Event Title

Reconciliation and Preconditions of Existence: Normative Mythological Foundations in the Poetry of Robert Frost

Location

Inman E. Page Library, Room 100

Start Date

11-10-2017 9:00 AM

End Date

11-10-2017 9:50 AM

Description

Using several of Frost’s better-known works—“Mending Wall,” “The Road Not Taken,” “To Earthward,” and “Desert Places”

--as a lens, as it were, I consider the issue of moral formation in the arts as it pertains to this highly-influential poet’s motifs. My paper suggests that, while he remained throughout his career an attendant oeuvre, in effect, both sardonic skeptic and therapeutic nihilist, Frost’s poetry nonetheless frequently conforms to Joseph Campbell’s well-known dictum that the primary function of mythology—and thereby all narrative art—is the inculcation from one generation to the next of the ineradicable and immutable, i.e. the reconciliation with limitations, most especially limitations of possibility and choice. Thus, its famously prismatic contradictions: “terrifying,” as Trilling put it, in that it insists upon helplessness, yet edifying, as I would express it, in that it subsumes moral anarchy in an inscrutably ordered framework of existence.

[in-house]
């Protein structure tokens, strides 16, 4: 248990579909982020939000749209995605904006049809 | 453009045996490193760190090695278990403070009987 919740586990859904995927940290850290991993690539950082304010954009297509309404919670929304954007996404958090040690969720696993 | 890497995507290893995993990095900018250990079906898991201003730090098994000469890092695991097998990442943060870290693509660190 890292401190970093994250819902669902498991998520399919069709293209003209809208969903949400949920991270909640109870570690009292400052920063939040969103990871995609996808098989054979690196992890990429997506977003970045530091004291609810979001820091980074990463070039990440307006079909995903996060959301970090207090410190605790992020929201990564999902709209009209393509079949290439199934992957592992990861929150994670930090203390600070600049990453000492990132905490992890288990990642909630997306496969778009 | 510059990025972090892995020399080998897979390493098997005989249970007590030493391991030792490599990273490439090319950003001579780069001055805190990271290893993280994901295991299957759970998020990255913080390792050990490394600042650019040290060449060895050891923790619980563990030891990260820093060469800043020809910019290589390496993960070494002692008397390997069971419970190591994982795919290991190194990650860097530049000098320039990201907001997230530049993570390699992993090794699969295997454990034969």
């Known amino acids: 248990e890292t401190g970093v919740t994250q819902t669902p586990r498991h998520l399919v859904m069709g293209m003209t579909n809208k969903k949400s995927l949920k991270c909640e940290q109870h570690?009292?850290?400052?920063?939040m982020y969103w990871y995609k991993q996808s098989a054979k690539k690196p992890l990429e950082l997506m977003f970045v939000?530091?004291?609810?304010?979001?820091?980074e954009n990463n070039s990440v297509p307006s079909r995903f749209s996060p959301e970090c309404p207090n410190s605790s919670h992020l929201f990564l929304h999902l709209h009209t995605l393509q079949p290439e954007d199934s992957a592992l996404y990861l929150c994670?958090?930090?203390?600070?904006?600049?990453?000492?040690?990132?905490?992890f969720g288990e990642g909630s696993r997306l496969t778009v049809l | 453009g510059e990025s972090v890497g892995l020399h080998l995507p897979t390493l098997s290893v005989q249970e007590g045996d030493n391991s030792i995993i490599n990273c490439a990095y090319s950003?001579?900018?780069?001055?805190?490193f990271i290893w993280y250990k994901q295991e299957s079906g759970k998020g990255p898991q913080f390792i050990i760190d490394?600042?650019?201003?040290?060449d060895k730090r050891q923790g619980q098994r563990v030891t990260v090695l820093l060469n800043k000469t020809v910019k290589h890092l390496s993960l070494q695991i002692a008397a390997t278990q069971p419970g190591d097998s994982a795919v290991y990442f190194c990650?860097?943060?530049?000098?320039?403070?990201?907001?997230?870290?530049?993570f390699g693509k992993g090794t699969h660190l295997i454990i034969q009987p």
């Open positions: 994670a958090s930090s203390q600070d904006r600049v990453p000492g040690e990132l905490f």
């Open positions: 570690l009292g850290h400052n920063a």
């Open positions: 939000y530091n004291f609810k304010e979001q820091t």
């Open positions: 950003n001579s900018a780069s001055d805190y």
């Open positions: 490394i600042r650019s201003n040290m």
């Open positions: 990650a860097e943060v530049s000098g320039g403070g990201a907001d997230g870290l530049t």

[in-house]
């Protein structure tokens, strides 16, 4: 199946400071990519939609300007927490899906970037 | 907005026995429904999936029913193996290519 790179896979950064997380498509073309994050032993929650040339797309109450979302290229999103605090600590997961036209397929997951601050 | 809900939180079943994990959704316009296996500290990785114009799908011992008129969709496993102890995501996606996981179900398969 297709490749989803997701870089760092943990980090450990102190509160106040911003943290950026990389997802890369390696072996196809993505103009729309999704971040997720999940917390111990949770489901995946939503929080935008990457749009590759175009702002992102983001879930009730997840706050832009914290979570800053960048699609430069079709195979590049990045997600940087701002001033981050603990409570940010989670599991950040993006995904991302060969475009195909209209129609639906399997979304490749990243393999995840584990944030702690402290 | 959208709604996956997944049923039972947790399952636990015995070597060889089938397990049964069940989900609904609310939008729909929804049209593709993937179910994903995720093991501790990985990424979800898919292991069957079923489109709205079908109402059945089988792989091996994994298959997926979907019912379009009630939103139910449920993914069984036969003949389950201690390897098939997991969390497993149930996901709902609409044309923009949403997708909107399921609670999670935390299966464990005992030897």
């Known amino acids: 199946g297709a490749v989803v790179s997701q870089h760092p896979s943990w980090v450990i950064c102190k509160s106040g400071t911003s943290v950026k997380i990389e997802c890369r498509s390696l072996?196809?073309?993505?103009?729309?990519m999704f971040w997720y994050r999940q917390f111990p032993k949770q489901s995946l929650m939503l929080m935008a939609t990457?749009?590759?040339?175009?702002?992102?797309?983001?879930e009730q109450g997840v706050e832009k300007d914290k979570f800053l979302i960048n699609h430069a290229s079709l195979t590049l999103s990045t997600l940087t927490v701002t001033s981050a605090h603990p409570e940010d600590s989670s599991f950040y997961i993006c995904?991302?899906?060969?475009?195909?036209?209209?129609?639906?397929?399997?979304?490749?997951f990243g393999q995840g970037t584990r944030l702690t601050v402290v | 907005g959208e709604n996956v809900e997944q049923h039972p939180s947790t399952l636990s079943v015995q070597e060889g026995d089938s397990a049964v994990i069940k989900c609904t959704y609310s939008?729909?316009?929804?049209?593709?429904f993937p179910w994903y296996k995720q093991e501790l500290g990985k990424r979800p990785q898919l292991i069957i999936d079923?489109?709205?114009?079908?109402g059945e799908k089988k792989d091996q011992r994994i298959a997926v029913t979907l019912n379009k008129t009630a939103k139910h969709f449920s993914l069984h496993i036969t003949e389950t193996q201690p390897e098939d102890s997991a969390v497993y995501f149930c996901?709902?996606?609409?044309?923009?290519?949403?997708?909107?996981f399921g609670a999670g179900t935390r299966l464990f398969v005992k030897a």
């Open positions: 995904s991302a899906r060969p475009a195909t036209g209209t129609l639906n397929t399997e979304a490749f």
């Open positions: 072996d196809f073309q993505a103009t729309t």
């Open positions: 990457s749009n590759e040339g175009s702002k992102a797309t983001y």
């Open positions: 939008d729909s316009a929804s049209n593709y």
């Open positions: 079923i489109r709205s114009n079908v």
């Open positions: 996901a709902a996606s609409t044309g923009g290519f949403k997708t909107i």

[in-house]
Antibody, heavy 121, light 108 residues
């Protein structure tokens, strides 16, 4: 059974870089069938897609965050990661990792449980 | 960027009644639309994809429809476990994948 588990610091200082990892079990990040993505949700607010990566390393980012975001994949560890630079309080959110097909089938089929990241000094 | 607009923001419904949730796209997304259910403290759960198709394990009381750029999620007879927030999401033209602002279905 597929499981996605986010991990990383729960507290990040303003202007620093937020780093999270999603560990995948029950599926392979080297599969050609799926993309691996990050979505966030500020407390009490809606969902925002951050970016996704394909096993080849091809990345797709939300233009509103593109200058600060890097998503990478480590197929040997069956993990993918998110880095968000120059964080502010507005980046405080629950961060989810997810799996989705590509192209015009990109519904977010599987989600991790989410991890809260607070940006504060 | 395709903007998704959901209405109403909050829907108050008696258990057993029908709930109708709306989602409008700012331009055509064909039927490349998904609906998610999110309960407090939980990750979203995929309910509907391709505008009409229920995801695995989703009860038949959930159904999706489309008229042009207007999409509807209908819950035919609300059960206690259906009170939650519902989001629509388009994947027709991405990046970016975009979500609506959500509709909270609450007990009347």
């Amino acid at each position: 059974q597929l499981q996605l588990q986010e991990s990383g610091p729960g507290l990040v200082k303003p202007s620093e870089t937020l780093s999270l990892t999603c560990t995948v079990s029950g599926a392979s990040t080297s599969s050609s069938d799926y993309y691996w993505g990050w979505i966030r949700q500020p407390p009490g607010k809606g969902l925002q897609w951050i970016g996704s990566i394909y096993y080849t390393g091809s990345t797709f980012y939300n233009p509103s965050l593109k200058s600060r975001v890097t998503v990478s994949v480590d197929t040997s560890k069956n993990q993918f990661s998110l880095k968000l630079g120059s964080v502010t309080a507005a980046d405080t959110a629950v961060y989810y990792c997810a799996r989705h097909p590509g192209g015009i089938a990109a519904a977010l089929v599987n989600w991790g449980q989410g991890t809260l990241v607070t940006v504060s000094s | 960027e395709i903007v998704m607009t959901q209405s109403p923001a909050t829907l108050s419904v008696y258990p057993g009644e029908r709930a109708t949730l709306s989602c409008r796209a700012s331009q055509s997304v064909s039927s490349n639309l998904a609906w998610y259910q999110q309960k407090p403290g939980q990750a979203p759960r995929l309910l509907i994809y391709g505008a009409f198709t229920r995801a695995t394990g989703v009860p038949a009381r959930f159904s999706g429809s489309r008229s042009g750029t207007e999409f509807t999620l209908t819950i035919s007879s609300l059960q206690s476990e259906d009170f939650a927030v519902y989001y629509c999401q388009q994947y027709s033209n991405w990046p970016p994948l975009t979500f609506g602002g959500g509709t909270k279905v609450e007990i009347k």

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Nov 10th, 9:00 AM Nov 10th, 9:50 AM

Reconciliation and Preconditions of Existence: Normative Mythological Foundations in the Poetry of Robert Frost

Inman E. Page Library, Room 100

Using several of Frost’s better-known works—“Mending Wall,” “The Road Not Taken,” “To Earthward,” and “Desert Places”

--as a lens, as it were, I consider the issue of moral formation in the arts as it pertains to this highly-influential poet’s motifs. My paper suggests that, while he remained throughout his career an attendant oeuvre, in effect, both sardonic skeptic and therapeutic nihilist, Frost’s poetry nonetheless frequently conforms to Joseph Campbell’s well-known dictum that the primary function of mythology—and thereby all narrative art—is the inculcation from one generation to the next of the ineradicable and immutable, i.e. the reconciliation with limitations, most especially limitations of possibility and choice. Thus, its famously prismatic contradictions: “terrifying,” as Trilling put it, in that it insists upon helplessness, yet edifying, as I would express it, in that it subsumes moral anarchy in an inscrutably ordered framework of existence.